A Quick Plea at Arraignment Saves a Felony Charge

purse.jpgAfter practicing criminal defense for over 20 years, I’m prone to telling a few war stories here and there. With that warning in hand, here’s what happened.

My client kept getting into trouble with lewd acts. His preferred act was to masturbate in public bathrooms, out in the open. As you/he might expect, a young boy walked in while this was going on, and my client ended up with a felony conviction. Actually, this was his second lewd act conviction for the same behavior. Ouch.

This very same client–with two priors–decided it would be a good idea to (again) masturbate in public, across the street from a high school here in Orlando. Now, I suppose masturbating at midnight, in the dark, wouldn’t be the end of the world, but he was pleasuring himself, to completion, in front of several cheerleaders after a hard afternoon of practice (for legal purposes, I had to disclose the extent of the lewdness involved by informing you the act was ‘completed’, but as a favor, I just deleted several crude jokes that fit nicely here). Several cheerleaders witnessed my client’s lewd act, and my investigation discovered that some of them were underage–yet the cops only interviewed a couple of the 18 years old cheerleaders! As such, the cop arrested him on four misdemeanor charges (no felonies, yet).

It doesn’t take a rocket scientist to figure out that this case had the potential to be upgraded into a nasty prison felony, given the age of a few of the cheerleaders. So, my strategy was to plea to the misdemeanors at arraignment. The prosecutor objected to our plea (to the bench), claiming that the case was going to be upgraded to felony court as soon as the sex crimes division had the opportunity to review it. However, the freshly minted prosecutor didn’t drop the charges to prevent our plea, and I’m glad he didn’t because the plea on the misdemeanors caused the future felony to be dismissed. Now, with that lead in, let’s delve into our case of the day, Lafferty v. State, 114 So. 3d 1115 (Fla. 2d DCA 2013).

Lafferty was convicted of robbery by sudden snatching, a third degree felony. The robbery arose out of a purse snatching in a Target parking lot, to which Lafferty had already pled when it was a misdemeanor petit theft. Lafferty’s criminal defense attorney filed a Motion to Dismissthe charge, alleging that a second conviction for this same incident would violate our constitutional right to be free from double jeopardy. Unfortunately, the trial judge denied the Motion to Dismiss, and that’s why we have an appeal to talk about.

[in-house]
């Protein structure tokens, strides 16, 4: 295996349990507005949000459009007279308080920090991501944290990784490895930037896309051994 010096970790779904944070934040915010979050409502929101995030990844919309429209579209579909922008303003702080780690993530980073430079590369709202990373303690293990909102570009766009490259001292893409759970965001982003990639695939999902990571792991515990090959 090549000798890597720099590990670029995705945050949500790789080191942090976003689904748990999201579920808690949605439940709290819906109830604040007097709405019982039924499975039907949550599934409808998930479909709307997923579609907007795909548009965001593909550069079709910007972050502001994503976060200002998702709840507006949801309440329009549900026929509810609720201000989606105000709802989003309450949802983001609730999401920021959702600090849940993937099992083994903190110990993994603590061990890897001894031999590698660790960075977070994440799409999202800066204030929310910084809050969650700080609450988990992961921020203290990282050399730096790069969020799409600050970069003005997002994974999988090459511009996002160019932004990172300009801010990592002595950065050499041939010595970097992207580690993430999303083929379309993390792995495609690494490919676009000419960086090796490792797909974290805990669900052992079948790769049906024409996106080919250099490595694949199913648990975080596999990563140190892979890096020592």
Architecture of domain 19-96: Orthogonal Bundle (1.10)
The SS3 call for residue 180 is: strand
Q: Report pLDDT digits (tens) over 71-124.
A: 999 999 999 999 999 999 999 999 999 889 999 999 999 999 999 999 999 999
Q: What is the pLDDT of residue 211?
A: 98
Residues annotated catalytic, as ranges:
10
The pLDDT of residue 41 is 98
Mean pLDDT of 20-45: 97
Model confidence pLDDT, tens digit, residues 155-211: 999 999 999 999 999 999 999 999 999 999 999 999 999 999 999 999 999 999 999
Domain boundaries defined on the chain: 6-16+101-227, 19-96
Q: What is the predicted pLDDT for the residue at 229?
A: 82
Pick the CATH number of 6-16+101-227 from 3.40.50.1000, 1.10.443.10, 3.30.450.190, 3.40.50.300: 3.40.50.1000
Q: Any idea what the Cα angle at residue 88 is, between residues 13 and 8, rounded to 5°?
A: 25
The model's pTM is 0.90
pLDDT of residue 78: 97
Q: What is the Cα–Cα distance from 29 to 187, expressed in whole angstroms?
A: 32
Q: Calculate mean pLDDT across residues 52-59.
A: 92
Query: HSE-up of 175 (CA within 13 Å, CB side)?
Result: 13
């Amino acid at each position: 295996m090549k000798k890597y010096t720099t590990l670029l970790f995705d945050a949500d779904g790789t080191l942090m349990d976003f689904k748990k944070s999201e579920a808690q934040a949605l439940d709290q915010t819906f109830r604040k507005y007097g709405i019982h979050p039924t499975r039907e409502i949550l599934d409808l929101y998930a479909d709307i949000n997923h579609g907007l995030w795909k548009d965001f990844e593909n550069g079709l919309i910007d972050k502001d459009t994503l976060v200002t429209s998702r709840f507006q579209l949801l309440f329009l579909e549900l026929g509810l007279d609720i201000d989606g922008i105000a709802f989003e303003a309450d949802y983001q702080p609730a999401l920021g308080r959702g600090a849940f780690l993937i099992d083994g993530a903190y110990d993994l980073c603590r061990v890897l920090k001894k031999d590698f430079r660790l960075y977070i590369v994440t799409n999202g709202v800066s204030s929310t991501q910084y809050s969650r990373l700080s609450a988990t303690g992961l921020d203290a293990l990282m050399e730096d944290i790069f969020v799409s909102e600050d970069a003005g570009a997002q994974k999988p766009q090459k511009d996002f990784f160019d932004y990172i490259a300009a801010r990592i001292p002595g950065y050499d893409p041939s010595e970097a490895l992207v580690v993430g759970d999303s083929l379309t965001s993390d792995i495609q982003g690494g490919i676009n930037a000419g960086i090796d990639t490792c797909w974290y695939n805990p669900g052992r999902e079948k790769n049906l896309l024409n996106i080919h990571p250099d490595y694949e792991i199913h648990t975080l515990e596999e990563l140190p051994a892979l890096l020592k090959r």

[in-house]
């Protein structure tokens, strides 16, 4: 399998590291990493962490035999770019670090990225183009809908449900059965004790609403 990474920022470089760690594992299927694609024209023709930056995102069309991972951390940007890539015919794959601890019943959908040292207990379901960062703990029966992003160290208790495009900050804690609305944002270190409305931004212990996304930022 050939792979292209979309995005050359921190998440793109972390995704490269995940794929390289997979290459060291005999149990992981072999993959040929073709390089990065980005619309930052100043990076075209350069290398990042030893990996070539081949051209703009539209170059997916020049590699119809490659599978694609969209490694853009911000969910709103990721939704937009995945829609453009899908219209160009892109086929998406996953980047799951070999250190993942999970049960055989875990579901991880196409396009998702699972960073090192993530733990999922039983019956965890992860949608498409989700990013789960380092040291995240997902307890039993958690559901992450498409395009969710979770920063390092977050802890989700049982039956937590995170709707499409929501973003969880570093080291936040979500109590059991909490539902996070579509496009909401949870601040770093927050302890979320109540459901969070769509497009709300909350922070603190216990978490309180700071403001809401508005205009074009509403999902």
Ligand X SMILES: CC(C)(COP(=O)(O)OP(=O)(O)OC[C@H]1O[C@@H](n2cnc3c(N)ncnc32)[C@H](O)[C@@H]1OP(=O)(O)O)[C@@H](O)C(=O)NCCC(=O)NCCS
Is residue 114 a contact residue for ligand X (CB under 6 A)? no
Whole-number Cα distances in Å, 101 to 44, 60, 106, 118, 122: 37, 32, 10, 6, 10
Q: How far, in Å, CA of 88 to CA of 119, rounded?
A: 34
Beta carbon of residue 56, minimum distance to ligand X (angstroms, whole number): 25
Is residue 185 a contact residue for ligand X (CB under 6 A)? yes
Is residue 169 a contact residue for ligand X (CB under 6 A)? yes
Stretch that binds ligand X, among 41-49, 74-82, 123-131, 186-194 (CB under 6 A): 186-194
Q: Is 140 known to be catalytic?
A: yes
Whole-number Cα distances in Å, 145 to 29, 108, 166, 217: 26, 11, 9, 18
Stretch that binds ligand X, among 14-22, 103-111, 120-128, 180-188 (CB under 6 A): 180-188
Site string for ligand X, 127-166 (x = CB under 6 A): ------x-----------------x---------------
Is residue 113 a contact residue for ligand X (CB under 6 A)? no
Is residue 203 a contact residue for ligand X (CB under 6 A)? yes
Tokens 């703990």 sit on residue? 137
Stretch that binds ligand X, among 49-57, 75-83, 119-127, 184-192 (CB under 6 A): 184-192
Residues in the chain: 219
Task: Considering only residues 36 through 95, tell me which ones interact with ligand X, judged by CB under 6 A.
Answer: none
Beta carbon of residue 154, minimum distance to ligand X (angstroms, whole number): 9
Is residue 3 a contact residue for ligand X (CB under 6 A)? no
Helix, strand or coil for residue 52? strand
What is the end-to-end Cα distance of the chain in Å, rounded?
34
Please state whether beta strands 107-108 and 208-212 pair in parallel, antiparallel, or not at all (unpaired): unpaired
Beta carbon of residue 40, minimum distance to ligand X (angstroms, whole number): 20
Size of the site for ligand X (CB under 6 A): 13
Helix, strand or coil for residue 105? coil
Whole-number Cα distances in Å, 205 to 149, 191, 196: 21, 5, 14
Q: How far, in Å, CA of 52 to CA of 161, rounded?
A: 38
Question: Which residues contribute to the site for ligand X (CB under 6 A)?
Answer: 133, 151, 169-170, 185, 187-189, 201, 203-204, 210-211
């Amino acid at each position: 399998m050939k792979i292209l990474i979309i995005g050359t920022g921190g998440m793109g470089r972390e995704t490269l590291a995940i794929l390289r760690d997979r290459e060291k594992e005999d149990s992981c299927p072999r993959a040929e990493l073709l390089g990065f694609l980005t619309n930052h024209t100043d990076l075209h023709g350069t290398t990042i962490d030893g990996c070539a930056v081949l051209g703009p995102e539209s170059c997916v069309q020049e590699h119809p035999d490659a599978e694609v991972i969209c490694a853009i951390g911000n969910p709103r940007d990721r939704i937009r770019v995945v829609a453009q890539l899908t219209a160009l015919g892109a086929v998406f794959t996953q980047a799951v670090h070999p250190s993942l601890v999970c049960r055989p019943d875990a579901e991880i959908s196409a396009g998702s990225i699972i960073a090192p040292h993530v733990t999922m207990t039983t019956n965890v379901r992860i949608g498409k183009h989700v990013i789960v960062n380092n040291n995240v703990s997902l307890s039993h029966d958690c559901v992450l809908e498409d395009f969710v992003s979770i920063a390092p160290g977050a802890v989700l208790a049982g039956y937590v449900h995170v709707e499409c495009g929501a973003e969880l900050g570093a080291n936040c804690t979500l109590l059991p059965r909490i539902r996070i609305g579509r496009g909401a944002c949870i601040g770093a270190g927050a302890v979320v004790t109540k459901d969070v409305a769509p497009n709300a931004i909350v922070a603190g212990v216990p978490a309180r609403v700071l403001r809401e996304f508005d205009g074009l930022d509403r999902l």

First, Lafferty was arrested on the petit theftof the purse, and the prosecution told the court that the robbery was still under investigation (basically, robbery is a theft by some sort of force or threat of force). Eventually, the state filed a robbery charge. Lafferty pled to robbery by sudden snatching and received a prison sentence. So, did the robbery charge violate Lafferty’s double jeopardy rights? Let’s look at how this works.

The appeals court analysis began with Florida Statute 775.021(4), commonly referred to as the “same-elements test” (or “Blockburger test”). The test states that, if all of the less serious charge’s elements are all contained within the more serious charge’s elements, then a conviction on the more serious charge violates double jeopardy. To apply the test in this case, we look at the elements of the petit theft Lafferty pled to. Every one of these elements are also contained in the crime of robbery by sudden snatching. As such, the robbery charge must be dismissed. And, the appeals court did just that.

I’ve over simplified this case a bit, because its Wild Card Saturday and the Chiefs/Colts game is looking good. But, I need to clarify a few points here. It only takes a few different elements between the two crimes for the charges to not violate double jeopardy. For example, if the state charged Lafferty with a first degree misdemeanor petit theft, this charge has an additional element that the value of the stolen item must be above $100. By having this one additional element different from robbery (robbery does not have a value element), Lafferty’s conviction for robbery would have been upheld. Lafferty’s petit theft conviction (a second degree misdemeanor) does not require any proof of value. Our Florida Supreme Court held that a conviction for felony grand theft and a conviction for robbery with a firearm (of the same item as the grand theft) does not violate double jeopardy because grand theft requires proof of value (proof that the item stolen is worth more than $300). Robbery does not require proof of value, thus different elements, thus no double jeopardy problems.